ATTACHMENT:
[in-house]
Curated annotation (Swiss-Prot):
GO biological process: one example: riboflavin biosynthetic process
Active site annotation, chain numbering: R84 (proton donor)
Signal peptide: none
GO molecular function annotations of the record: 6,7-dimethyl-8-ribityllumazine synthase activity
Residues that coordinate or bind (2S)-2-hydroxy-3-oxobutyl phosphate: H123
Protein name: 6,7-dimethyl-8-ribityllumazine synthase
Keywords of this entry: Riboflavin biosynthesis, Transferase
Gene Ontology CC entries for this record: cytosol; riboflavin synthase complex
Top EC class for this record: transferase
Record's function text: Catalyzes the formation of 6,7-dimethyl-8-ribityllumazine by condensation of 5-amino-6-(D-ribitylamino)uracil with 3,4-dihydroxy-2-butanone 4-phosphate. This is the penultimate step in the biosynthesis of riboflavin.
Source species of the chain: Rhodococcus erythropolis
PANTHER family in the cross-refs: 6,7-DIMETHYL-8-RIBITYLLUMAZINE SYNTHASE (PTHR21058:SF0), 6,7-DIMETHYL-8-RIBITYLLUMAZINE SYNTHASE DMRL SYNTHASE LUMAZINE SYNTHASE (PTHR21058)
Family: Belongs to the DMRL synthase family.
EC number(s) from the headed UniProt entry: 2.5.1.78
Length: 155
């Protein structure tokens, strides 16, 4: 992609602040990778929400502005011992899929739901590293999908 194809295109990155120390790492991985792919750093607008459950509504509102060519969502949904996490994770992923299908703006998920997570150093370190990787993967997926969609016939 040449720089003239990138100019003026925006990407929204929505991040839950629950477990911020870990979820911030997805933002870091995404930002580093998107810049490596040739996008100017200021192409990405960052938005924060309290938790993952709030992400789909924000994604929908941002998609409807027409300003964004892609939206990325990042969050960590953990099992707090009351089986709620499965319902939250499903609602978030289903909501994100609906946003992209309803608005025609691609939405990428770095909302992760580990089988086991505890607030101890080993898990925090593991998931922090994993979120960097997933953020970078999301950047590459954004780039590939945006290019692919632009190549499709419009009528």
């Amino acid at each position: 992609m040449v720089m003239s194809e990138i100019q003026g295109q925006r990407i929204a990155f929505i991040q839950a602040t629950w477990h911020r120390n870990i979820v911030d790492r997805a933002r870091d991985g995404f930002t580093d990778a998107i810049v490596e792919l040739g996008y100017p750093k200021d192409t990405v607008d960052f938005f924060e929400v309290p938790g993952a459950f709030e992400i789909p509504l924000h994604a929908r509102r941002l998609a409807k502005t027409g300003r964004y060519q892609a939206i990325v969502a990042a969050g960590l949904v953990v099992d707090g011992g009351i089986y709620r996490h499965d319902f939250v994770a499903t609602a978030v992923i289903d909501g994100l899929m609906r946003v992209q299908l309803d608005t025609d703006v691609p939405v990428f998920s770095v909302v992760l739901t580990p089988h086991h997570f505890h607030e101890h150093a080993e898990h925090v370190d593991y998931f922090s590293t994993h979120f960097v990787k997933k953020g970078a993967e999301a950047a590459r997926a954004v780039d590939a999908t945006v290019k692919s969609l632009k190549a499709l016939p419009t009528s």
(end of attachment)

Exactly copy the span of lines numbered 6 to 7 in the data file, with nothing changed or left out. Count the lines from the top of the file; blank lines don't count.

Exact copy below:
GO molecular function annotations of the record: 6,7-dimethyl-8-ribityllumazine synthase activity
Residues that coordinate or bind (2S)-2-hydroxy-3-oxobutyl phosphate: H123